For the case of round holes, analysis for a typical case (300 Btu/hr. ft.sup.2 input) showed that with aluminum foil 0.006 inch thick with holes 0.0066 inch in diameter and spaced in a square array with 5.6% open area, and with an airflow rate of 20.6 cu. ft./min./sq. ft., the sheet required only about 0.0001 hp/sq. ft. of area. This provided a pressure drop of 0.17 psf (pounds per square foot) and heated the air by 18.4.degree. F. from the front or input side to the back or output side. If the input air is assumed to be at about 100.degree. F., the temperature rise across the sheet causes a pressure differential due to higher air density on the front of the sheet and lower air density on the back because of the heating as the air passes through the openings. In order to suppress a tendency to cause free convection within the collector due to this pressure difference, it would be desirable that the pressure drop caused by the imposed airflow should be about ten times greater than the pressure differential caused by the temperature difference from front to back. For the above example, the vertical height (from end to end) which brings this about is 10 feet. If the vertical height were increased greatly, free convection would again become a problem. One correction would be to choose smaller holes, so as to increase the pressure drop from the front to the back of the sheet (and incidentally, increase the horsepower required per square foot). Another alternate would be to increase the airflow rate. This is effective, because it increases the pressure differential but at the same time, decreases the temperature differential. It is not desirable to use holes of much smaller diameter than 0.003 inch because of the difficulty of forming them. On the other hand, it is not desirable to use very much larger holes because the heat transfer from the aluminum sheet to the air is degraded rapidly as the hole size increases. In principle, so far as free convection alone is concerned, much smaller or much larger holes could be used if the percentage of open area is altered appropriately, so as to avoid the free convection problem. The theory for calculating the pressure drop and heat transfer is sufficiently well established for reasonably good approximations. A number of digital computer printouts confirmed that for the conditions just described, the hole size and spacing should not be greatly different from what was given. Experimental evaluations agreed reasonably with the theoretical calculations.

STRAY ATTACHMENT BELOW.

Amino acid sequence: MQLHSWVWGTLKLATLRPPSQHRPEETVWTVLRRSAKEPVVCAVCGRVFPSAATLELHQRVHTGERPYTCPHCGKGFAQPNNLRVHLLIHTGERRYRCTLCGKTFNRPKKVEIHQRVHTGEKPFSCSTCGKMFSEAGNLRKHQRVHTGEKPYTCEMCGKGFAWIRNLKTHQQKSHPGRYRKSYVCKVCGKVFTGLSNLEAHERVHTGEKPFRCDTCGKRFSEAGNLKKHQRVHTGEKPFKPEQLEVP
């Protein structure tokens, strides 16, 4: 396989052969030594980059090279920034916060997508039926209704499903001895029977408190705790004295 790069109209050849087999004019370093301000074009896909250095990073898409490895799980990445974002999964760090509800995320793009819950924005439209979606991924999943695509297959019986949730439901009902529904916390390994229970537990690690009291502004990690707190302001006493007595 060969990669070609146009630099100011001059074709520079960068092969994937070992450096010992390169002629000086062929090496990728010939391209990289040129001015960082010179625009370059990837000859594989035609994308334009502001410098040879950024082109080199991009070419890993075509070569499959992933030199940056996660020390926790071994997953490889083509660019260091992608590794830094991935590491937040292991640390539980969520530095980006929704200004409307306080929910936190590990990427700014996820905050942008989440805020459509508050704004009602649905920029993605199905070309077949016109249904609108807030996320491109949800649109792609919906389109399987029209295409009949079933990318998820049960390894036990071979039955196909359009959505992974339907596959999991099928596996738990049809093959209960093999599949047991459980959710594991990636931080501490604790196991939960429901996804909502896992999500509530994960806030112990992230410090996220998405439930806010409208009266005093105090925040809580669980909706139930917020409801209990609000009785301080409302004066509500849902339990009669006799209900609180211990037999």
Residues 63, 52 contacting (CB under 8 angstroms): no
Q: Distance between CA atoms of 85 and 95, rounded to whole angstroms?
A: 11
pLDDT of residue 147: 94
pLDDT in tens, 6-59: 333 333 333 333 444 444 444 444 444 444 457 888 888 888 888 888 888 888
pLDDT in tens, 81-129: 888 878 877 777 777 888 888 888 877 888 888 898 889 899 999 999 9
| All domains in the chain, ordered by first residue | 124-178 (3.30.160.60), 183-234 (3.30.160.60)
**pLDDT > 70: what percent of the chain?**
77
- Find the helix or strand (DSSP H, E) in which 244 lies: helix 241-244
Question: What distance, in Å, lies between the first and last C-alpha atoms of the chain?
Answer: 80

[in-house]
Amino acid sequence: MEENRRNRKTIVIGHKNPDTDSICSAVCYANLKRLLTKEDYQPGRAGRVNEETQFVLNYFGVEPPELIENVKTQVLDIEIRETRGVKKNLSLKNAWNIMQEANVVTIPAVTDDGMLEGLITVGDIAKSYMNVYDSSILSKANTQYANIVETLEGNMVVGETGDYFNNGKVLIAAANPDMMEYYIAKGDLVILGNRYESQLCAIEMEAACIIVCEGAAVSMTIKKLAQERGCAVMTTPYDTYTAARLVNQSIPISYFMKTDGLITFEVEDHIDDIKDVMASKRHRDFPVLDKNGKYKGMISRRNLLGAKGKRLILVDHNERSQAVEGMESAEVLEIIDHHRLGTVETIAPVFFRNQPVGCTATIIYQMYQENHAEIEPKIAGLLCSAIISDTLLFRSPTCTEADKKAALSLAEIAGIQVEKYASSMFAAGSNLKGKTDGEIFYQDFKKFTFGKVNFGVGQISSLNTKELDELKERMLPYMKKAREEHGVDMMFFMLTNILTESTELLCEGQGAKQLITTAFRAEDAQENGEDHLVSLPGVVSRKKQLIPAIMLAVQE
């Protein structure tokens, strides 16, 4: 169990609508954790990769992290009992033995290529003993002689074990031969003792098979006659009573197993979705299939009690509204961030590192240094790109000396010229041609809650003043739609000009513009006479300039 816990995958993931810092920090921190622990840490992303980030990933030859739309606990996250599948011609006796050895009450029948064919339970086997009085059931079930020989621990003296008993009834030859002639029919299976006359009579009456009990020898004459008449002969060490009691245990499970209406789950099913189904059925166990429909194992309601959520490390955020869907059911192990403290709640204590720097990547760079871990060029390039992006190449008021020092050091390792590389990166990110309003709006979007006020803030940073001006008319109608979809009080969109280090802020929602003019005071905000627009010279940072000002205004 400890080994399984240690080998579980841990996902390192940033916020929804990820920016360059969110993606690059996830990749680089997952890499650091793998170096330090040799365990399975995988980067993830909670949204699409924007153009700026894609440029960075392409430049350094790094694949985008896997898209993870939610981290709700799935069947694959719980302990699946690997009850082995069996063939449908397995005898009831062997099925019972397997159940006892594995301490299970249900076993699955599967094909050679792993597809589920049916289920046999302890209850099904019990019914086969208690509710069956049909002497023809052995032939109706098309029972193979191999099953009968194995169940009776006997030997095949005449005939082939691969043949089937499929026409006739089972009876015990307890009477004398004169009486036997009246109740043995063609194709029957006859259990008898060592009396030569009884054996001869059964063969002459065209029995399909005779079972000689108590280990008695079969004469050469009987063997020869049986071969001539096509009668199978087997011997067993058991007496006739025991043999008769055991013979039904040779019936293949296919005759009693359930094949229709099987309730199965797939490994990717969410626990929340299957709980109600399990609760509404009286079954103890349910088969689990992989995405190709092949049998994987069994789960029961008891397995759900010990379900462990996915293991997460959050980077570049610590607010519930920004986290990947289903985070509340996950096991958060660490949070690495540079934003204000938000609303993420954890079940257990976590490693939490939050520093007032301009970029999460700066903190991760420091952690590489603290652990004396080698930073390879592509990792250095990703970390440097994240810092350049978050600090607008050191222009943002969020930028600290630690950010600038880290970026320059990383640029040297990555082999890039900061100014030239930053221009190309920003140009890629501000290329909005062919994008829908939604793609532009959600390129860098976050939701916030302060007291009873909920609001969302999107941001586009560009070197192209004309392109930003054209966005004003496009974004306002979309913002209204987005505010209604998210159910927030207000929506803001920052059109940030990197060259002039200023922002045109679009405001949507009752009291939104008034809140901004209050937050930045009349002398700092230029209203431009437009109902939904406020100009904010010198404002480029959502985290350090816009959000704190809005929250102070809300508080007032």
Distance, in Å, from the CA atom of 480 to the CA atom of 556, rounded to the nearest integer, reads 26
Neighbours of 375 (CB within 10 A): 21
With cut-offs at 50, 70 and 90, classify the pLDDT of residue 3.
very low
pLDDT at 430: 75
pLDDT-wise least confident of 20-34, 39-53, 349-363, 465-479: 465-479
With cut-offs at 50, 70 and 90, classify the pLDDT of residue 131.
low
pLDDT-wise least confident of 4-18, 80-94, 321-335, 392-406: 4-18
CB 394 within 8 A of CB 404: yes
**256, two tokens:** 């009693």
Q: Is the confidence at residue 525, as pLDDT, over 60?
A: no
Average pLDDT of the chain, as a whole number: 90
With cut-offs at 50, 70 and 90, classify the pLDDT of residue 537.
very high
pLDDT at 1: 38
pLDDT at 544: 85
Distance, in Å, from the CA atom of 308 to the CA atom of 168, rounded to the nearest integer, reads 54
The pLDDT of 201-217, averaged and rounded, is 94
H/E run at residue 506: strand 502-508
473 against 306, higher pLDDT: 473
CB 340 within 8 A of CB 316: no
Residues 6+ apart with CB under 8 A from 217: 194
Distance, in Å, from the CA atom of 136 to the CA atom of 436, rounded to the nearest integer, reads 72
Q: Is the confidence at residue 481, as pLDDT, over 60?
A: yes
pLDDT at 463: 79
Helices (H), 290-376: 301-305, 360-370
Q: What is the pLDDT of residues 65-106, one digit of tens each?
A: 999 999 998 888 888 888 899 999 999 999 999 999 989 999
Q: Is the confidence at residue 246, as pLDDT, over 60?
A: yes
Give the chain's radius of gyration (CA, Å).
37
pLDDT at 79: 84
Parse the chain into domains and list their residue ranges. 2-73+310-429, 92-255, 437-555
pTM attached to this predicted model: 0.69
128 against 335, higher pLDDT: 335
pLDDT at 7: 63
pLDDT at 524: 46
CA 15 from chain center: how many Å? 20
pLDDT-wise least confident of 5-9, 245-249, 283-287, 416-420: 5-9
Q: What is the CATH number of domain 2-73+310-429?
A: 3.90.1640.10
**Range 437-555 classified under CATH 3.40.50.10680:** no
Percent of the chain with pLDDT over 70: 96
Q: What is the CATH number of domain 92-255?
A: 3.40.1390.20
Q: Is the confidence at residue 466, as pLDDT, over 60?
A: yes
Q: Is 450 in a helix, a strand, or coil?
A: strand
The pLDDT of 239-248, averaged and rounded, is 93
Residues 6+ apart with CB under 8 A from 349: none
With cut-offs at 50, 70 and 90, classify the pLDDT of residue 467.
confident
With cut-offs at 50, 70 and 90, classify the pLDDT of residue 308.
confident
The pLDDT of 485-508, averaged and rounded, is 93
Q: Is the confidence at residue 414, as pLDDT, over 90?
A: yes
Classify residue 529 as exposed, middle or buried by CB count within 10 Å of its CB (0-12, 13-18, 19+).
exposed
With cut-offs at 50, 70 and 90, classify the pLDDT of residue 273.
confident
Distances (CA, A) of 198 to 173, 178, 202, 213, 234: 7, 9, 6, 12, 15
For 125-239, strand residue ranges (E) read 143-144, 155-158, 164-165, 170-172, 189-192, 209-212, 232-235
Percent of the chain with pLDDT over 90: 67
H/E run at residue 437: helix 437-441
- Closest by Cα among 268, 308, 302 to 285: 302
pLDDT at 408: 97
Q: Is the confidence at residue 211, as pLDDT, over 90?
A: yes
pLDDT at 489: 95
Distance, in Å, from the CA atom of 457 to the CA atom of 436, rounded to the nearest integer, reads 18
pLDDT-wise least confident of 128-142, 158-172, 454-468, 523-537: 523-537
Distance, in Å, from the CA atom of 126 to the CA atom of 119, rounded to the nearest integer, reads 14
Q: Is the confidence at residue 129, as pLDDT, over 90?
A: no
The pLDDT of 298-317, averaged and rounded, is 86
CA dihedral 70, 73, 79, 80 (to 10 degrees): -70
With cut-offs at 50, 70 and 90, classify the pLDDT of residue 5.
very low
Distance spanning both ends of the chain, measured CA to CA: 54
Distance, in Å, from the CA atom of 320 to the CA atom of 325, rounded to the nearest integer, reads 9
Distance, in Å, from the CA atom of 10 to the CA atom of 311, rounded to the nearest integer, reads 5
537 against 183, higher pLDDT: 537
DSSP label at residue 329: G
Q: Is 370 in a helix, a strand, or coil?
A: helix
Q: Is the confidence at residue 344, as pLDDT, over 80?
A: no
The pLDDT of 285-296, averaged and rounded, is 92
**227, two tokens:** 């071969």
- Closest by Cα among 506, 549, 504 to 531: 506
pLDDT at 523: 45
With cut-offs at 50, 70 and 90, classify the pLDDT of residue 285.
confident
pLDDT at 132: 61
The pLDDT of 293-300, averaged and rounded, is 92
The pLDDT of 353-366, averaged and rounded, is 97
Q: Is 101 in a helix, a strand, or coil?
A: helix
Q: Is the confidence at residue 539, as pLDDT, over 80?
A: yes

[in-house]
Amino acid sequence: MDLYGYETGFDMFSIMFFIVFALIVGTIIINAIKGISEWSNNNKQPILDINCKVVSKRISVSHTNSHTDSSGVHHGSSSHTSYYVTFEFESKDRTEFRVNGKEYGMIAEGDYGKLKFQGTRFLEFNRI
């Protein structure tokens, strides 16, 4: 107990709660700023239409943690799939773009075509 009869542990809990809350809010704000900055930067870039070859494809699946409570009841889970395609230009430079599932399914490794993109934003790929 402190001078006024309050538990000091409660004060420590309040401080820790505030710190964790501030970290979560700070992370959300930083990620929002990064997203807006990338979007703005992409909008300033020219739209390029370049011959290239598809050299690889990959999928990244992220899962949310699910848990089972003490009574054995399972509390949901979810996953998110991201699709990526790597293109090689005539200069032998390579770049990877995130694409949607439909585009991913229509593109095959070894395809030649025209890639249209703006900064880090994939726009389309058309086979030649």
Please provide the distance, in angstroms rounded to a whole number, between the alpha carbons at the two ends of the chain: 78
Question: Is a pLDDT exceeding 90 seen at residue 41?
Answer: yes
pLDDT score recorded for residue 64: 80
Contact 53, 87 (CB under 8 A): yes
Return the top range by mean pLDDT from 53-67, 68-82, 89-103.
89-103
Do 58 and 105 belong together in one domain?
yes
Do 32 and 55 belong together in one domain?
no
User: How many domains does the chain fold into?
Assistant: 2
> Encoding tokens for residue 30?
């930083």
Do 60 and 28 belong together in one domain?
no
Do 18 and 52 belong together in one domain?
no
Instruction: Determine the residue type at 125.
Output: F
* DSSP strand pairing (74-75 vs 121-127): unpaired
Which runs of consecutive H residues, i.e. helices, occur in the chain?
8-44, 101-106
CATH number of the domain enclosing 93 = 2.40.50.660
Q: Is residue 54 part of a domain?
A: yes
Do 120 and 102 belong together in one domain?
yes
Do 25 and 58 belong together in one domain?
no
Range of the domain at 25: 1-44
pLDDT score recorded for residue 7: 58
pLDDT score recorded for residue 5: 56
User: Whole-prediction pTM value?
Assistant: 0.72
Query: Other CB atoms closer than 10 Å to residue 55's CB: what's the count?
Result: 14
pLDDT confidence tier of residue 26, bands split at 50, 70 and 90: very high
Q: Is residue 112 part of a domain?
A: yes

This example might represent the design for a house with a small heat demand in that 100 square feet of this collector requires an airflow of about 2,000 cubic feet per minute which is standard for most heating and cooling duct work. A somewhat larger collector of this design can be used efficiently provided it is physically located close to a storage or house distribution system. If it would be desired for a significantly different temperature change, vertical height, or the like, somewhat different results could be expected.